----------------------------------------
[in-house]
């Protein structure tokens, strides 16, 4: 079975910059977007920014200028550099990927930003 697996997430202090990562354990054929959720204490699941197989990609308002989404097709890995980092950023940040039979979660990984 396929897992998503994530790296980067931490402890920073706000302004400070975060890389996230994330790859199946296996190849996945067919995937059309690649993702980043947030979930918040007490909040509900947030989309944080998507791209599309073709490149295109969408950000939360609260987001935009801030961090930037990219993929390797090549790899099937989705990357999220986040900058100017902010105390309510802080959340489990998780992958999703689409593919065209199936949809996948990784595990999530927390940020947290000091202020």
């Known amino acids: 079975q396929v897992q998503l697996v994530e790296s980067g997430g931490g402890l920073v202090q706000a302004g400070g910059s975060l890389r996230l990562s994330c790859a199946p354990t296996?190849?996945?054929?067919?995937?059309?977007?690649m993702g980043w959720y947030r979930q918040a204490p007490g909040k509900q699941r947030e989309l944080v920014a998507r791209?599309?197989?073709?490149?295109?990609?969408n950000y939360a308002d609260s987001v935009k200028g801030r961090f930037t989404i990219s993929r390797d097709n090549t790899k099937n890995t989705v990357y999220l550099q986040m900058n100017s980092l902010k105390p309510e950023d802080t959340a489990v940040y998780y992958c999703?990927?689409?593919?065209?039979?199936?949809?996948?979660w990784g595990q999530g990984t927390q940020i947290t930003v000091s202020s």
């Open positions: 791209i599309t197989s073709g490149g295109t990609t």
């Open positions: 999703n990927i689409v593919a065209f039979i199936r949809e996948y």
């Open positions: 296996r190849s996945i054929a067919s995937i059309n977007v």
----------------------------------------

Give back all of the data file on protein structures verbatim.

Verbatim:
[in-house]
């Protein structure tokens, strides 16, 4: 079975910059977007920014200028550099990927930003 697996997430202090990562354990054929959720204490699941197989990609308002989404097709890995980092950023940040039979979660990984 396929897992998503994530790296980067931490402890920073706000302004400070975060890389996230994330790859199946296996190849996945067919995937059309690649993702980043947030979930918040007490909040509900947030989309944080998507791209599309073709490149295109969408950000939360609260987001935009801030961090930037990219993929390797090549790899099937989705990357999220986040900058100017902010105390309510802080959340489990998780992958999703689409593919065209199936949809996948990784595990999530927390940020947290000091202020």
């Known amino acids: 079975q396929v897992q998503l697996v994530e790296s980067g997430g931490g402890l920073v202090q706000a302004g400070g910059s975060l890389r996230l990562s994330c790859a199946p354990t296996?190849?996945?054929?067919?995937?059309?977007?690649m993702g980043w959720y947030r979930q918040a204490p007490g909040k509900q699941r947030e989309l944080v920014a998507r791209?599309?197989?073709?490149?295109?990609?969408n950000y939360a308002d609260s987001v935009k200028g801030r961090f930037t989404i990219s993929r390797d097709n090549t790899k099937n890995t989705v990357y999220l550099q986040m900058n100017s980092l902010k105390p309510e950023d802080t959340a489990v940040y998780y992958c999703?990927?689409?593919?065209?039979?199936?949809?996948?979660w990784g595990q999530g990984t927390q940020i947290t930003v000091s202020s």
């Open positions: 791209i599309t197989s073709g490149g295109t990609t």
């Open positions: 999703n990927i689409v593919a065209f039979i199936r949809e996948y």
């Open positions: 296996r190849s996945i054929a067919s995937i059309n977007v």